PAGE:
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Today’s Guest on the Winning Teams Podcast is Drew Otoo, VP, General Manager and Country Lead at Pfizer Vaccines, Japan. I think it fair to say that Drew would be viewed as an entrepreneurial and strategic marketer for vaccines and bio-pharmaceuticals.
Drew is the classic global corporate executive having started his career in Pfizer in the USA, then taking up a senior role in Pfizer’s Paris office, and in 2017 moved to Japan to take up his current role.
We talk about how Drew has successfully managed his career across those three continents and the lessons he can share with others who wish to take the same route.
In this interview we talk about;
- What drove him to move to France
- Why he left the USA after pursuing the American Dream
- What he learned from moving from the USA to France, and then from France to Japan
- The importance of looking at your career as a brand and how you can stand out from the crowd and think of your career as your own personal brand.
To be competitive you have to take yourself out of your comfort zone, so Drew deliberately caused disruption to his life to pursue opportunities in developed countries. He arrived in France in November 2014 with his family in tow to an unfamiliar business culture where the pace was much slower and decision making took a lot longer than he was used to in the USA.
He goes on to talk about how work life balance in France is very different and it took a while to get accustomed to the cultures and environment. The USA is a very market centric, fast paced moving economy, whereas France is more of a socialist perspective where board decisions take longer to make, changes to personnel and initiatives are way slower than in the USA. The general environment that he found myself is was structurally very different.
In the USA there would be an element of top down decision making, whereas in France there was less of a top down command structure and a more laid back attitude. To get results from people it’s important to take the time to learn and understand about the corporate culture, why and how things are done and to read about the reasons people are behaving in this way.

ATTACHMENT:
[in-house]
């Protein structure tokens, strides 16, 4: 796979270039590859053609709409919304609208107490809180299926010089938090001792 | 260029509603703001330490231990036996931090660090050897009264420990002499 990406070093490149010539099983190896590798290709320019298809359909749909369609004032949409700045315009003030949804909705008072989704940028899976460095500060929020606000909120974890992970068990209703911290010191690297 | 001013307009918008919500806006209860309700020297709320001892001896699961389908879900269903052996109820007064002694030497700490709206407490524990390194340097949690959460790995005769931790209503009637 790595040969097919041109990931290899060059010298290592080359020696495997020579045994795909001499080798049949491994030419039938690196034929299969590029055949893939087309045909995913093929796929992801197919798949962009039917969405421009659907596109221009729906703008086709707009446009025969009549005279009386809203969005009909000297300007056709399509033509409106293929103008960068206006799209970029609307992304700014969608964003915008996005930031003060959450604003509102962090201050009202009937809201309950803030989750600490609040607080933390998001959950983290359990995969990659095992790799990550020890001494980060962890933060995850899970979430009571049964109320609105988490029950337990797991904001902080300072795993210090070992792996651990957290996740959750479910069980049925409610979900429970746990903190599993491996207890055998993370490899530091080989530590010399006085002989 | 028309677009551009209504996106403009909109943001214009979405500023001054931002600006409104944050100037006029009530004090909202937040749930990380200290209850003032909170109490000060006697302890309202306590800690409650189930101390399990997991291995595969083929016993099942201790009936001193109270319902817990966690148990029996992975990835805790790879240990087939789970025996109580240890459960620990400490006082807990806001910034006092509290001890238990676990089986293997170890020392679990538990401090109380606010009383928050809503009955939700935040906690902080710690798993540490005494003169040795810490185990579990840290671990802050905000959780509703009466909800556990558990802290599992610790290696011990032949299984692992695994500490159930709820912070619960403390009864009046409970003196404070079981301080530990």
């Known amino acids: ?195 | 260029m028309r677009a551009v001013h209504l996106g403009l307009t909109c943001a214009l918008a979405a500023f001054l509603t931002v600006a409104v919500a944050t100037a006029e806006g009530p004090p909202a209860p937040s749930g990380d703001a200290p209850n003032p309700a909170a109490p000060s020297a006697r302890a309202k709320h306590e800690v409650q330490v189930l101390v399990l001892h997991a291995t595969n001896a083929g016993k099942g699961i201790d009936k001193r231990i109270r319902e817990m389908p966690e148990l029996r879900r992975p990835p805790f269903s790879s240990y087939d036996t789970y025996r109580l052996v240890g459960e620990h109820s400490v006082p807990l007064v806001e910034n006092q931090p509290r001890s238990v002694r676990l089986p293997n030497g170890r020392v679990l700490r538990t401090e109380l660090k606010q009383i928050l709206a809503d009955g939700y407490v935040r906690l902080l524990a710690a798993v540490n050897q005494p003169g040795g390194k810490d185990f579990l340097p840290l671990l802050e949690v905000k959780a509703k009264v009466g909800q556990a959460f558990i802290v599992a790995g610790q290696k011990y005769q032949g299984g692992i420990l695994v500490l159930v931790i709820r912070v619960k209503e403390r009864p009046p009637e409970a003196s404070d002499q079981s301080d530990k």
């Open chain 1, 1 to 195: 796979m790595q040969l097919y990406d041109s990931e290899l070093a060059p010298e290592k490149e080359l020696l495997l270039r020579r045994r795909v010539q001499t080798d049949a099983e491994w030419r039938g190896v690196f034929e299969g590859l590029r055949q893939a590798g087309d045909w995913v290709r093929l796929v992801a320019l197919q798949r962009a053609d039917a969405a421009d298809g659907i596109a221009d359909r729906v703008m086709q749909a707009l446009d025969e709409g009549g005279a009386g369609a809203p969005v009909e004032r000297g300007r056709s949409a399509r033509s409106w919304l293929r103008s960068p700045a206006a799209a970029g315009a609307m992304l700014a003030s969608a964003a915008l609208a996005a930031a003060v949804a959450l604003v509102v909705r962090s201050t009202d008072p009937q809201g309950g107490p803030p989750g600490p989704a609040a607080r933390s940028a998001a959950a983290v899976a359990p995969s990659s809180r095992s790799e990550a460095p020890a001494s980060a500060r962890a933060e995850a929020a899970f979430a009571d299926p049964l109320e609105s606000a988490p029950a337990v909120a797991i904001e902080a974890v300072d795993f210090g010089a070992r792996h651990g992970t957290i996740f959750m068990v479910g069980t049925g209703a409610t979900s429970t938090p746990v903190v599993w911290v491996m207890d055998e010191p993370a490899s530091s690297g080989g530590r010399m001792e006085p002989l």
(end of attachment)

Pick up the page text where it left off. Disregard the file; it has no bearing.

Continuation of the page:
He went on to discuss from a leadership perspective, what it was like trying to fit in with this culture and how he had to first get people to learn about him so he in turn could learn about them. Some of his team leaders had never had coaching or career development focussed on them, and so by implementing coaching they were able to develop skills and attributes as well as an understanding of themselves and where they wanted to be in their lives. He had to get very creative when bringing in external partners and consultants to help bridge the gap. Working with a US company in a European culture, so expectations on both sides have to be managed accordingly.
Having made the decision to move to Japan, Drew faced more cultural challenges. Japan is a very self-contained country and society, so coming in as an international businessman you have to find a way to fit in and the way you do that is by watching, learning and understanding the history and culture.
He discusses the unique Japanese business culture and norms and how decision making in Japan involves a considerable amount of consensus building in discussion, how you will be expected as a leader to call the shot, give the direction and then be told when to execute. So understanding that people needed time to discuss this, he felt like a helicopter leader. However he would be ineffective if he just commanded so instead he had to articulate where he wanted the company to be, provide enough time to discuss the direction, then helicopter in making sure there are no questions or roadblocks and wait for the team to signal to that they are ready!
He highlights some key points to consider when you’re coming in as a leader to offer support to the country enterprise such as:
- Who are your customers?
- Are you the expert, or another colleague?
- Do you understand the individual or the team dynamic?
- Do you understand what they are trying to achieve
- People want to succeed, they want recognition, it’s important to be very clear about what’s in it for them as well as for you.
- If you’re going to provide support, be very clear what that is and then deliver it!
- Your ability to communicate is very important. Helping people tell a better story or articulate their plans, you give them the ability to express themselves, their challenges and to be understood!
One book that had major impact on Drew is “The Four Agreements, by Don Miguel Ruiz. This book reveals the source of self-limiting beliefs that rob us of joy and create needless suffering. Based on ancient Toltec wisdom, The “Four Agreements” offer a powerful code of conduct that can rapidly transform our lives to a new experience of freedom, true happiness, and love.
Daily rituals and habits:
Drew recommends personal energy management, a practice and technique he learned a few years ago and practices daily. He likes to get up early, sit by the window and reflect as the sun rises. He uses an app called “Headspace” for guided meditations and finds the to do list app “Wunderlist” helps him to manage his day.
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Thanks to Jodey Smith, my podcasting technical genius, who does all the bits I don’t
like –the editing, the uploading etc. He is a gem and can be contacted at JodeySmith.com.
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